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Tonight President Donald Trump and former Vice President, Joe Biden, will meet for the final election debate at Belmont University in Nashville, Tennessee. In this Q&A, LSE US Centre Director Professor Peter Trubowitz writes that the debate is an important moment for Trump. Facing a large polling gap as the election nears, the president now needs to convince undecided voters that his combative performance at the first debate was an outlier.

Who has more at stake tonight — Trump or Biden?

Trump, I think. The president needs to close the gap in the polls with Joe Biden and he’s running out of time with only 12 days to Election Day. The debate gives him the last “set piece” moment to convince the remaining undecided voters to break his way. This means convincing those voters that his performance in the first debate, which was widely panned for being too combative and unpresidential, was a “one off.” And it is worth remembering that Presidents have come back after losing the first debate before. Obama did so against Mitt Romney back in 2012. That’s what Trump needs to do tonight.

What does Trump need to do to turn things around?

Let me count the ways: be less combative than he was in the first debate, let Joe Biden talk more in the hope that he makes an epic blunder, or offer some new policies as a sweetener and a sign of independence — for example, announce that he plans to push the stimulus package through whether GOP Senate Majority leader Mitch McConnell is for or against it. The first and second require self-discipline, not exactly the President’s strong suit. The third requires finding common ground with Democratic House Speaker Nancy Pelosi. Now that would certainly be news!

What does Biden need to do tonight to go home a winner?

I think Biden has the easier job tonight. He basically needs to keep the focus on Trump’s mismanagement of the pandemic and avoid making unforced errors. The more he forces Trump to play defense on the pandemic, the better it is for Joe Biden: it’s simply a losing issue for Trump. The main thing Biden has to avoid is losing his cool over Trump attacking his son Hunter, which is sure to happen, or saying something that plays into Trump’s narrative that Biden is “sleepy” and challenged cognitively. Not a particularly high bar for Biden, but important that he gets over it, I think.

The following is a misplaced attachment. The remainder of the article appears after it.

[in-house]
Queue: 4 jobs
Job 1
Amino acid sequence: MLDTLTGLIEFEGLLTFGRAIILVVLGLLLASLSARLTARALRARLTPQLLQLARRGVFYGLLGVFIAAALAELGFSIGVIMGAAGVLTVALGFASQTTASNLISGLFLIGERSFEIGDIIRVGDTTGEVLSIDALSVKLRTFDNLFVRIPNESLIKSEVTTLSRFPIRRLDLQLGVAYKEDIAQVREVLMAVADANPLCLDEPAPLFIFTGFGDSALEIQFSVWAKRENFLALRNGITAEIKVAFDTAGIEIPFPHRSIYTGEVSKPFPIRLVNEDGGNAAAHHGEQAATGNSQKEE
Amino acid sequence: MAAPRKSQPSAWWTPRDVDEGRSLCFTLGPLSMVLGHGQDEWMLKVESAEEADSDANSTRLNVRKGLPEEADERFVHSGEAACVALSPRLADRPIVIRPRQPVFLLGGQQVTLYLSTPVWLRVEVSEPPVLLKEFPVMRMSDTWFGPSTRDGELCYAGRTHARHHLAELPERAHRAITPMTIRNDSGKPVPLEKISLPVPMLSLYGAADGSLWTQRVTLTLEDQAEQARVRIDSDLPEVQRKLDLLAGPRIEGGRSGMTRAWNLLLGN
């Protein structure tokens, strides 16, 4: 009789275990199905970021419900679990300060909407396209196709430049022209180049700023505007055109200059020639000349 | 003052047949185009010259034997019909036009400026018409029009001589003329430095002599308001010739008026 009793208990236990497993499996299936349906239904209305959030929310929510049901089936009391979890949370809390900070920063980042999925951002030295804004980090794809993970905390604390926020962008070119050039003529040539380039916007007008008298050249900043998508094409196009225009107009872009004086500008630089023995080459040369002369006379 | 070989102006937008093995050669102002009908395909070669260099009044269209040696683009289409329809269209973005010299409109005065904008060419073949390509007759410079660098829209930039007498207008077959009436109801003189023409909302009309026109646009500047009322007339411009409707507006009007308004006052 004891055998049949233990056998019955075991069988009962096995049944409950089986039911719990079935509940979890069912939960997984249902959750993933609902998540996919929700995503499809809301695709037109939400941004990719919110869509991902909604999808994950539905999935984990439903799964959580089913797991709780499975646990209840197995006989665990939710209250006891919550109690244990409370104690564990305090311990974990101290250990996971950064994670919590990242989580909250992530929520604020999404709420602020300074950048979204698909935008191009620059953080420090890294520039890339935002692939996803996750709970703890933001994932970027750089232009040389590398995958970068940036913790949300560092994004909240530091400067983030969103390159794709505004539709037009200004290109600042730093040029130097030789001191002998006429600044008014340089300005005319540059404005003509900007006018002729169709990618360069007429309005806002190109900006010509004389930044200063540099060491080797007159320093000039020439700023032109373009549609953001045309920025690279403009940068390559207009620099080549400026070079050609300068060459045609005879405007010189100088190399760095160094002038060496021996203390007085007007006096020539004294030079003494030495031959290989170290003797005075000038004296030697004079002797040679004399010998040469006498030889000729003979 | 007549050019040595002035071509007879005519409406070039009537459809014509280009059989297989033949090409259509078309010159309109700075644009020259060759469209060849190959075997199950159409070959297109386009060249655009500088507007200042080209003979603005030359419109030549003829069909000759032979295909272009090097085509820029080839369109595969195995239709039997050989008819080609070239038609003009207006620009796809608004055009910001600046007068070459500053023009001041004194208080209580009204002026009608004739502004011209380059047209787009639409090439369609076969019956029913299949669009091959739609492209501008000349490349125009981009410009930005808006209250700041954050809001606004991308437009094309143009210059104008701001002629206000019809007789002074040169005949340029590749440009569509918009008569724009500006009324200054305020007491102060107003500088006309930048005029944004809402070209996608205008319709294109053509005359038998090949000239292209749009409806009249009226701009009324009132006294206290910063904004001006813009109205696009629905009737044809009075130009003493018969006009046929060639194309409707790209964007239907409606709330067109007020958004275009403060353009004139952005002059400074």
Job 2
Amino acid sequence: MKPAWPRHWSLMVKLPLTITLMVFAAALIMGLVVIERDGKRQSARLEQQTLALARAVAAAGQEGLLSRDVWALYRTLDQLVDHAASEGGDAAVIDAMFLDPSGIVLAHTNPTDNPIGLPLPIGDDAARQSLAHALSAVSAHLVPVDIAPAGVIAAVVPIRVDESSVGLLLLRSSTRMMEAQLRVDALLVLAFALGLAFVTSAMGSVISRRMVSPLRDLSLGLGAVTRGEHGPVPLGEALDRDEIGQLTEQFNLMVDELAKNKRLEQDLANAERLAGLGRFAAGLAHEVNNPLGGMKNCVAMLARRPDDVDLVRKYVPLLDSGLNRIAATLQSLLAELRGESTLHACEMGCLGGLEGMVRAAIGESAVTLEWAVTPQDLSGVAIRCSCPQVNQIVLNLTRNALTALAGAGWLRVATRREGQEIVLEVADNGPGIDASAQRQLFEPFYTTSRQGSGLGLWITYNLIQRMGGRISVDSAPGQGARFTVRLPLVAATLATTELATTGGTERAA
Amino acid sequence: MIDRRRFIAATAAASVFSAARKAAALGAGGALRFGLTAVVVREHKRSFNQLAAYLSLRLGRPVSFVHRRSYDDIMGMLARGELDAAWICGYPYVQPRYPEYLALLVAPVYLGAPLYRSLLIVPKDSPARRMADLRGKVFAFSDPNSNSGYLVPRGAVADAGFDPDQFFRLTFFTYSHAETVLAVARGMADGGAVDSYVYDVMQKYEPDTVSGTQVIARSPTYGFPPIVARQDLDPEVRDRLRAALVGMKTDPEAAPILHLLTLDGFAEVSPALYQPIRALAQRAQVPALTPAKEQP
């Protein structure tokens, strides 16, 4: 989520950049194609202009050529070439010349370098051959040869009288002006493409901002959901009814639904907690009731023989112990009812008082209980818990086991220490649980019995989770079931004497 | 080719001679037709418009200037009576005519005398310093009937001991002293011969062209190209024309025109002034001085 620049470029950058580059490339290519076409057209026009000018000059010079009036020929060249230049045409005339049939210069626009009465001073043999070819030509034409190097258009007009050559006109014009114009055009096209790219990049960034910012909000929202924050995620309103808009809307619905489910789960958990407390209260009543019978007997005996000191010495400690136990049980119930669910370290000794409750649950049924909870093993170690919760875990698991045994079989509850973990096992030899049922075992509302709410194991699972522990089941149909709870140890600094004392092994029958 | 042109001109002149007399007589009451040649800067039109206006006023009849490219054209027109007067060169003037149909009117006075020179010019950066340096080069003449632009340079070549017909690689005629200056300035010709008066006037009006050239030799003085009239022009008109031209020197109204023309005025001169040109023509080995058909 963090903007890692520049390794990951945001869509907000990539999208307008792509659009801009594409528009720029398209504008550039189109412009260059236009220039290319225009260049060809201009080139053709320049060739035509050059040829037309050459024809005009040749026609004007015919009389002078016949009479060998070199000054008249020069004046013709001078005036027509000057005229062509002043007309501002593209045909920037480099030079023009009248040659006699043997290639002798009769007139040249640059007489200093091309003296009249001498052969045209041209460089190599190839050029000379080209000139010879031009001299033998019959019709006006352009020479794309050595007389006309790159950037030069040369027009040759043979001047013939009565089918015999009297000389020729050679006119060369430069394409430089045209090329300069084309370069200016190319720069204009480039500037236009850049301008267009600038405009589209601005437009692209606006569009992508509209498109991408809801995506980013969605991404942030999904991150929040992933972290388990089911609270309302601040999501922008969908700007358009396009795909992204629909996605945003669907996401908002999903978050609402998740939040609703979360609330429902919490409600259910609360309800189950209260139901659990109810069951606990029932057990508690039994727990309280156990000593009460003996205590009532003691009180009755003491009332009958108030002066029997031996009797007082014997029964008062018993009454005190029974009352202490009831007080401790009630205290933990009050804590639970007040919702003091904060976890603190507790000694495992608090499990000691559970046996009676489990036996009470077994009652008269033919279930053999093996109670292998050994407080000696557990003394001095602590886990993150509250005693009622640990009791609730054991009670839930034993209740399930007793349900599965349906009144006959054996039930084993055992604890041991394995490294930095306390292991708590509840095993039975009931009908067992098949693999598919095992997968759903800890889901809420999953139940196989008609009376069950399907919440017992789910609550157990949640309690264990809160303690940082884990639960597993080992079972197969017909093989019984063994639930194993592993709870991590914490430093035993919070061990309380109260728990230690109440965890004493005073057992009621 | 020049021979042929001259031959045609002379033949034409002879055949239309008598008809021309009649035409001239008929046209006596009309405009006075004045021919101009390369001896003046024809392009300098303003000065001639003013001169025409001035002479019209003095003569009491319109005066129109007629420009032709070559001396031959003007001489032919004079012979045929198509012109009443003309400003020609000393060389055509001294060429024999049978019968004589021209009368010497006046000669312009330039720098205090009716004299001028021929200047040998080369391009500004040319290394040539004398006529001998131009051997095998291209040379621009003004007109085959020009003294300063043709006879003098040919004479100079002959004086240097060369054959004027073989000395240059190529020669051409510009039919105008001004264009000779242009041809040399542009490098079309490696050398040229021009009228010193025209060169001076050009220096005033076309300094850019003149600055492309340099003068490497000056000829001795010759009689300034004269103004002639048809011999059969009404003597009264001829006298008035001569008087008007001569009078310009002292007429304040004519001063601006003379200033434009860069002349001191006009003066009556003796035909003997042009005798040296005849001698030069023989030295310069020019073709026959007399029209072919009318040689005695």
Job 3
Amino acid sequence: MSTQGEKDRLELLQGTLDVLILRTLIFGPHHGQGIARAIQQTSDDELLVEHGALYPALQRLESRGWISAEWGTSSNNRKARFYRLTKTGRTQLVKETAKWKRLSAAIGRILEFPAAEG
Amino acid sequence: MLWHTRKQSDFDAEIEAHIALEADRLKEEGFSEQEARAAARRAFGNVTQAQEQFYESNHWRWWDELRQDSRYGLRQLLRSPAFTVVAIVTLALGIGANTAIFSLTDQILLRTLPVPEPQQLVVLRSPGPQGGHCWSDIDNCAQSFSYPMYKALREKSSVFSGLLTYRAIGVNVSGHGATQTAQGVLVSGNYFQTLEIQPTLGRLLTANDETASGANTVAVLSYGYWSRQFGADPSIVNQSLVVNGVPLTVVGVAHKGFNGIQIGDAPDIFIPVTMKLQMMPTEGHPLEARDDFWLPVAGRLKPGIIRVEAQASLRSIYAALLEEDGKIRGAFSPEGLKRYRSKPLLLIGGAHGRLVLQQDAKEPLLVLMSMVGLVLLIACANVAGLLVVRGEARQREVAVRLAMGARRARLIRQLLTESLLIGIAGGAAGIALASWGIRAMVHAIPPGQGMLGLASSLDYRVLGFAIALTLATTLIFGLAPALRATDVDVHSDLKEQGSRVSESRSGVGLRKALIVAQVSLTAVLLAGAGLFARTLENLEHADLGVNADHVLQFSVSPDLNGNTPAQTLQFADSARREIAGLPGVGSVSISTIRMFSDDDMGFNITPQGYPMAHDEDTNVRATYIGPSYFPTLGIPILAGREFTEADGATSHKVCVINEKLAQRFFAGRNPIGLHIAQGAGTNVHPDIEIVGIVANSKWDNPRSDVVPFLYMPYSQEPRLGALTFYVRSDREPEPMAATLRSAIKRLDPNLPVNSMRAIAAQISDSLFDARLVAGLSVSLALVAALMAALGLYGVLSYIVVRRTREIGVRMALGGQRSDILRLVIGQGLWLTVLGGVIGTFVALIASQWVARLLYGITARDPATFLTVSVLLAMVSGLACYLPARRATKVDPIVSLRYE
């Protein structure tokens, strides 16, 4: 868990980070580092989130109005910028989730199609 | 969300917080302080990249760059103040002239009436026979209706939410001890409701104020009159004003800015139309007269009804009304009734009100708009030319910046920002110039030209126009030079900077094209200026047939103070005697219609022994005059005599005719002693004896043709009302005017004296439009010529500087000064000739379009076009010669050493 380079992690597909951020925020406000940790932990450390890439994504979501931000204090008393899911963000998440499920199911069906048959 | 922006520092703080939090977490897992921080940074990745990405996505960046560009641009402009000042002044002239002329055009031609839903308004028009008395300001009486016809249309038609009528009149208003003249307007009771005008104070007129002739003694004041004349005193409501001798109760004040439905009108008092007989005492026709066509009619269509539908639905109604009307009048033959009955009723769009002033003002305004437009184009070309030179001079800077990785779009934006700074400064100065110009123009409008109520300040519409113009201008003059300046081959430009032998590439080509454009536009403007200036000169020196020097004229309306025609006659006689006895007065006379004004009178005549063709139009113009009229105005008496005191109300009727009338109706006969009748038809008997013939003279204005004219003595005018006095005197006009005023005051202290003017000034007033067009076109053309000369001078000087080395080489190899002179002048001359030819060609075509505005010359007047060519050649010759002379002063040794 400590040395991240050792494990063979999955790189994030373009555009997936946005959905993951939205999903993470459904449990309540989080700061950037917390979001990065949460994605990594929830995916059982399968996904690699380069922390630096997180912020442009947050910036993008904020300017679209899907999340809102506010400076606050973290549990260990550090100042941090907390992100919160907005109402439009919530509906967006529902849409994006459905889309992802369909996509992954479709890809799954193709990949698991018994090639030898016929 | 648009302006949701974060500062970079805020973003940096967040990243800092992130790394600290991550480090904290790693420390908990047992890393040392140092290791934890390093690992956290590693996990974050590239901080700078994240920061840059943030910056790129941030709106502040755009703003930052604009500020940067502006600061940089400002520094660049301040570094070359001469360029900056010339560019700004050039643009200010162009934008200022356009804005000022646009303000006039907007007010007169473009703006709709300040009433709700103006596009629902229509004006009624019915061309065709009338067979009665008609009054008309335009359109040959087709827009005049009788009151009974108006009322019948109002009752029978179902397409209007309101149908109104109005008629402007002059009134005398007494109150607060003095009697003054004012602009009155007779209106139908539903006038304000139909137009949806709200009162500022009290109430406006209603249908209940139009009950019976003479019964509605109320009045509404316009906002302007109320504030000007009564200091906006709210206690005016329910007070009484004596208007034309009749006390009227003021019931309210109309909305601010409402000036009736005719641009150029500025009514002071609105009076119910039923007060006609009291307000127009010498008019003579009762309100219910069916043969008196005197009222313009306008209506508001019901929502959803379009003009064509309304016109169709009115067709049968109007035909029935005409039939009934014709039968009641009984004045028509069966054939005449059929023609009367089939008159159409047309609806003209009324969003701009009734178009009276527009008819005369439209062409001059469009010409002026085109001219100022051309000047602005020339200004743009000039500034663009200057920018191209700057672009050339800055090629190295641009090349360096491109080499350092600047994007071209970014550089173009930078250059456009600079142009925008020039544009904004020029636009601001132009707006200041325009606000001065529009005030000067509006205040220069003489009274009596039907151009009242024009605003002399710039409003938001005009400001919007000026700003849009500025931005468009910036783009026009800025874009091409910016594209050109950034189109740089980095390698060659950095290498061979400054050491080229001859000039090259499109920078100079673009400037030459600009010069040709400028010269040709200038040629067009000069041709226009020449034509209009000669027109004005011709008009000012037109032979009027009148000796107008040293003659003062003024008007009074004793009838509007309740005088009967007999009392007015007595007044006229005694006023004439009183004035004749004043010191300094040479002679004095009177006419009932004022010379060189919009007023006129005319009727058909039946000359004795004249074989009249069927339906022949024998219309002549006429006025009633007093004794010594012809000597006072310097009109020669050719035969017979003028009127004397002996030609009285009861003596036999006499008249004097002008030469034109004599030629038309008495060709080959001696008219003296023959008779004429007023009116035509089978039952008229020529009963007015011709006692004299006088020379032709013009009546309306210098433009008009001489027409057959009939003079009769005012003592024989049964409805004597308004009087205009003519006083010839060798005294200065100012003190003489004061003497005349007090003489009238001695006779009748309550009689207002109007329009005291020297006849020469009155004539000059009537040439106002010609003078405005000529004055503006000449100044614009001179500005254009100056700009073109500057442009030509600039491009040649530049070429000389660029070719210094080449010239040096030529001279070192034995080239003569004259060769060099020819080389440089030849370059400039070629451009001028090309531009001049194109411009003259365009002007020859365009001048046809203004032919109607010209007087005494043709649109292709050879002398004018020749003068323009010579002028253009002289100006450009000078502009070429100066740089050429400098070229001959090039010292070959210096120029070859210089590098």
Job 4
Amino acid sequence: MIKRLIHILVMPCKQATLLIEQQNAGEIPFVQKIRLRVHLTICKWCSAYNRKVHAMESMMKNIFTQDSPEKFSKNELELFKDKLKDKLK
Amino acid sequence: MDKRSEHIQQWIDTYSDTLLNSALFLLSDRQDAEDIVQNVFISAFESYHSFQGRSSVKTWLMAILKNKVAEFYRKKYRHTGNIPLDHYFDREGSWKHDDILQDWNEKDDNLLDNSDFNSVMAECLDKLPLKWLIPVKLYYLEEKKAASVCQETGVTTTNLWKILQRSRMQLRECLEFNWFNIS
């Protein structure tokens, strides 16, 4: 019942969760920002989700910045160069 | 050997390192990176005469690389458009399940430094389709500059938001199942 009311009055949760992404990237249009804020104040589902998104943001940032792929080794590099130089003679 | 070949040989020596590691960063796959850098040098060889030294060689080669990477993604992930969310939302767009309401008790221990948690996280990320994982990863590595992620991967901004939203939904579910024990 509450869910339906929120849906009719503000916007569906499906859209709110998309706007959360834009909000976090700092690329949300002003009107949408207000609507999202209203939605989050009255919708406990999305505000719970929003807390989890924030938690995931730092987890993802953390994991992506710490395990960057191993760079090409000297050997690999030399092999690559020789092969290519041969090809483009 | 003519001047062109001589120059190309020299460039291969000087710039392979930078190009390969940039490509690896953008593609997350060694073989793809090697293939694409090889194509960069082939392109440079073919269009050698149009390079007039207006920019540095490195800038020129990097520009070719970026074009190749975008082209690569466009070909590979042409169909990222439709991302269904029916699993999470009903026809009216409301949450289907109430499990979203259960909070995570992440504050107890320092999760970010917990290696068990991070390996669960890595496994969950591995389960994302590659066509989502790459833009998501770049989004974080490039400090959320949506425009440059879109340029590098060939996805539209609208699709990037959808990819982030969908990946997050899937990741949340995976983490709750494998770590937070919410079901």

Any issues we should be on the lookout for tonight?

I wouldn’t be surprised if there is a dustup over China, and I wouldn’t be surprised if Biden moves first on this. He’s basically been handed a gift with the revelation earlier this week that Trump has a bank account based there. If I were Biden, I’d go on the offensive with this and not wait for the inevitable Trump attack that Biden has been “played” by Beijing and is “weak” on China. It would force Trump to explain his hypocrisy on China while reminding voters that Trump has not been paying his fair share of taxes in the US.

  • Featured image credit: Belmont University/Smugmug.
  • This article is based on interview comments Professor Trubowitz gave to Bloomberg on 22 October 2020.

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Note: This article gives the views of the author, and not the position of USAPP– American Politics and Policy, nor of the London School of Economics.

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About the author

Peter TrubowitzLSE US Centre
Peter Trubowitz is Professor of International Relations, and Director of the LSE’s US Centre. His main research interests are in the fields of international security and comparative foreign policy, with special focus on American grand strategy and foreign policy. He also writes and comments frequently on US party politics and elections and how they shape and are shaped by America’s changing place in the world.